Mendes was born in the spring of 1983 in the State of Rio de Janeiro, Brazil. The second of two children, Augusto happened to find his way to the mats through his older brother Bruno, who started training about a year before him. By 1997, both brothers were training at Kioto gym in the Tijuca district of Rio de Janeiro. It didn’t take long for Augusto to become obsessed with the sport, dedicating a significant portion of his time and energy to training.
He began his daily training under Alvaro and Krauss Mansor, relatives and affiliates of the legendary Brazilian figure Francisco Mansor. After only four months of dedicated training, Mendes competed in the Rio State Championships and was able to come away with the bronze medal. This competitive experience was just what Augusto had been searching for, and he committed himself to a life of competition.
That same year, still only months into his training, Tanquinho was the runner-up in the Brazilian Championships and the victor of many smaller, local promotions. By the time he turned 15, about a year into his career, Augusto was training three times a day and had begun to live the life of a professional fighter.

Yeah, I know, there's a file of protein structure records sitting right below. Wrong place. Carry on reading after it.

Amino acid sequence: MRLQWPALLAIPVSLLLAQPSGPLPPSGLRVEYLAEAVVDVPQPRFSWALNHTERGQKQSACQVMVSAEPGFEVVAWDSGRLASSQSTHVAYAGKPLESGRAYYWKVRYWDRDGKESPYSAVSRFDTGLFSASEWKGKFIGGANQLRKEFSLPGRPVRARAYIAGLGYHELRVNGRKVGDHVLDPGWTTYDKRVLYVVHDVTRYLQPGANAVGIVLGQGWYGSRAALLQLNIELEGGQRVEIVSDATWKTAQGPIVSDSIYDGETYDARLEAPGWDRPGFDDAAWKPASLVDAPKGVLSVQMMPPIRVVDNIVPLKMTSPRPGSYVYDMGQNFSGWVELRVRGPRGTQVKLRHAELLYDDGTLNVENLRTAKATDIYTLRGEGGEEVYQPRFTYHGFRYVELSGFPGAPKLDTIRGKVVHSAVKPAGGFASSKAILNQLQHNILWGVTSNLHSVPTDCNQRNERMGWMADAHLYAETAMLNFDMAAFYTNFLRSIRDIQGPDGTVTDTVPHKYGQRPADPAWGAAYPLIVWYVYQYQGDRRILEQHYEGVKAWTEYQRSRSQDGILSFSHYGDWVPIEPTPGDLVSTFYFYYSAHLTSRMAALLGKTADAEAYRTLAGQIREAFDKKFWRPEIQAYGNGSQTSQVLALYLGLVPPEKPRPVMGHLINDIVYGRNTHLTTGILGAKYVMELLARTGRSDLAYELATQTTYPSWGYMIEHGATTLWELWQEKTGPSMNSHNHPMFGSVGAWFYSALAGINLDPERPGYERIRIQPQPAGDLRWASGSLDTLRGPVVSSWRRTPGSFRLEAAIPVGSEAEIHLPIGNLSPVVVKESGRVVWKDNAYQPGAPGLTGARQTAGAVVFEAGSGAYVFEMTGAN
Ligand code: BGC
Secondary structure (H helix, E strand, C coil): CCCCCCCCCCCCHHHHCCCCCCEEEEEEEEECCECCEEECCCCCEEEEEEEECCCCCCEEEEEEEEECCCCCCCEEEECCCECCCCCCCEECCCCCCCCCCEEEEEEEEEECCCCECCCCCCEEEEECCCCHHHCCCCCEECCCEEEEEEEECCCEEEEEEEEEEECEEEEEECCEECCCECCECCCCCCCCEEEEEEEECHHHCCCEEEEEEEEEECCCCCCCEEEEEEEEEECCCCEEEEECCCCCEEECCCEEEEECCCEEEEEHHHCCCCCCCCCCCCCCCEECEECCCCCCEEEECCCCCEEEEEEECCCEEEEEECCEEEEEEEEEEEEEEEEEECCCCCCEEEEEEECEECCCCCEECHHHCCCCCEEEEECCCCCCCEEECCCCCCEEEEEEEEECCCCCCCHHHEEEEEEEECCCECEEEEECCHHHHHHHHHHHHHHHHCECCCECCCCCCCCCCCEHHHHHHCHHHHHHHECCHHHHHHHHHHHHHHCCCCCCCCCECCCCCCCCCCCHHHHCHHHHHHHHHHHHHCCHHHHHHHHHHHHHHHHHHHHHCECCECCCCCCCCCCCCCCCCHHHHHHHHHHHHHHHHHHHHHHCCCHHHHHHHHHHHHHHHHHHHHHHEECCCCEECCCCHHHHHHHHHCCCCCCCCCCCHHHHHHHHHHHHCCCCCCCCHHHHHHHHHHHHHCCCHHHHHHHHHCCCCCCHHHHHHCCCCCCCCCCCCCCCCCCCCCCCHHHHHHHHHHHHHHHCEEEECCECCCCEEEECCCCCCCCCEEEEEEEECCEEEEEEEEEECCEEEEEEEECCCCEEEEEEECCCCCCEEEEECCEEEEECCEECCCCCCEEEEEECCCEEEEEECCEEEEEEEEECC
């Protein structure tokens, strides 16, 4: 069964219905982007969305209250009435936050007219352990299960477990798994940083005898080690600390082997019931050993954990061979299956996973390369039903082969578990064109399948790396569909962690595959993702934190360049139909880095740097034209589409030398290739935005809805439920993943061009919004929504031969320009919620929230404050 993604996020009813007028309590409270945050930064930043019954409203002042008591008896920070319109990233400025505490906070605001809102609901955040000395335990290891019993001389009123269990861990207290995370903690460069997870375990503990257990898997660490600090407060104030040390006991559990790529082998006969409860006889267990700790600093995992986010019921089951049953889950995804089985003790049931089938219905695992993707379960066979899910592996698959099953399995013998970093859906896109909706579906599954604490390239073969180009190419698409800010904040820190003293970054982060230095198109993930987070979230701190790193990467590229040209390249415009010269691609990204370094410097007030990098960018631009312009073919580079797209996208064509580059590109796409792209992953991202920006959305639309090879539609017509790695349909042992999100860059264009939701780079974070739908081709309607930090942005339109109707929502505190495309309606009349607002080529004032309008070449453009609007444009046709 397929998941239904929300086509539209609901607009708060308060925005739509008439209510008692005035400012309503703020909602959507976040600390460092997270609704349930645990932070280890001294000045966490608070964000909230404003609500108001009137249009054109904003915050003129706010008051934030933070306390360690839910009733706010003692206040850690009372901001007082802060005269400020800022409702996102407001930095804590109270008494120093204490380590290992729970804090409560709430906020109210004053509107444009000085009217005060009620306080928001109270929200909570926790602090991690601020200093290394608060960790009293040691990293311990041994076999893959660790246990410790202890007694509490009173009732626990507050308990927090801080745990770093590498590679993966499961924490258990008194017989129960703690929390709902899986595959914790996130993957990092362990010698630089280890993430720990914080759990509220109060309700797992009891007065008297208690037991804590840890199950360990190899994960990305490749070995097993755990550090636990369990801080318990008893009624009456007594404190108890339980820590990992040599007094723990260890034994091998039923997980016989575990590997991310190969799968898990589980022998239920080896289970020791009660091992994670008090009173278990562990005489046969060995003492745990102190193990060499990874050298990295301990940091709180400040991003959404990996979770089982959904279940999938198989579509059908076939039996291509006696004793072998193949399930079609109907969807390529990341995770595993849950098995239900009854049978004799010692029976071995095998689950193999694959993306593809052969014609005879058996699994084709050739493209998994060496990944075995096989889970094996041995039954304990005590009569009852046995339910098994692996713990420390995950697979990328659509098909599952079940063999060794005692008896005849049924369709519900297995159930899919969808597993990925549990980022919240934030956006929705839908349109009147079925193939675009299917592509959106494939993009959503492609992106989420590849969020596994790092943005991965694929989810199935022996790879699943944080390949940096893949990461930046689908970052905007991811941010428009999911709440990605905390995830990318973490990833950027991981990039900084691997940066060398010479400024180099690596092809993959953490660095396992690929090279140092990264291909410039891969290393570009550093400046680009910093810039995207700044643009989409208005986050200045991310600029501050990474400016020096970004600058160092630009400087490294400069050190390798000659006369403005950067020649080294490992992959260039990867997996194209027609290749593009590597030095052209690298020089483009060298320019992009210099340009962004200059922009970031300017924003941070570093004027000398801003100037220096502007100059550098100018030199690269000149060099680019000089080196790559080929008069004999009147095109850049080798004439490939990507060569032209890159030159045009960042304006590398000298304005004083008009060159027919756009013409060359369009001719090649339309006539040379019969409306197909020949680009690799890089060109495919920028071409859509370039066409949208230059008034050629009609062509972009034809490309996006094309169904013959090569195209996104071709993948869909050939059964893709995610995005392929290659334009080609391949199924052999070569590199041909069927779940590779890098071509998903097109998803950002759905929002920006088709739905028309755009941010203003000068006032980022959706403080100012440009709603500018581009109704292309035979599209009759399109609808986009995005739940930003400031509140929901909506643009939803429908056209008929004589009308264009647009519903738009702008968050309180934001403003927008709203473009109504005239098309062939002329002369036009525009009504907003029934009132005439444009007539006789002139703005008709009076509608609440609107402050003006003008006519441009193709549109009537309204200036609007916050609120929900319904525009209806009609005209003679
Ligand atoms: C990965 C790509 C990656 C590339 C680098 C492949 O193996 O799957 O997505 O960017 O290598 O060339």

After just a few years of training and competing, in 1999, Tanquinho was offered an opportunity to teach some classes at his gym in Kioto. It was here that he started down the path as a coach and instructor while still under the direct tutelage of the Mansor cousins, Alvaro and Krauss. He also worked closely with another of Mansor's rising stars, Marcos Carvalho, who was instrumental in helping to develop Tanquinho’s teaching style.
By the year 2000, Augusto Mendes was a blue belt competing in the juvenile division and performing very well. He competed in 5 hard-fought matches and brought his first world title back to his mentors in Rio. After winning this tournament Tanquinho was again inspired to dive deeper into the world of competitive grappling; this time through education. He decided to put his prize money towards a degree in physical education in order to compliment his grappling prowess.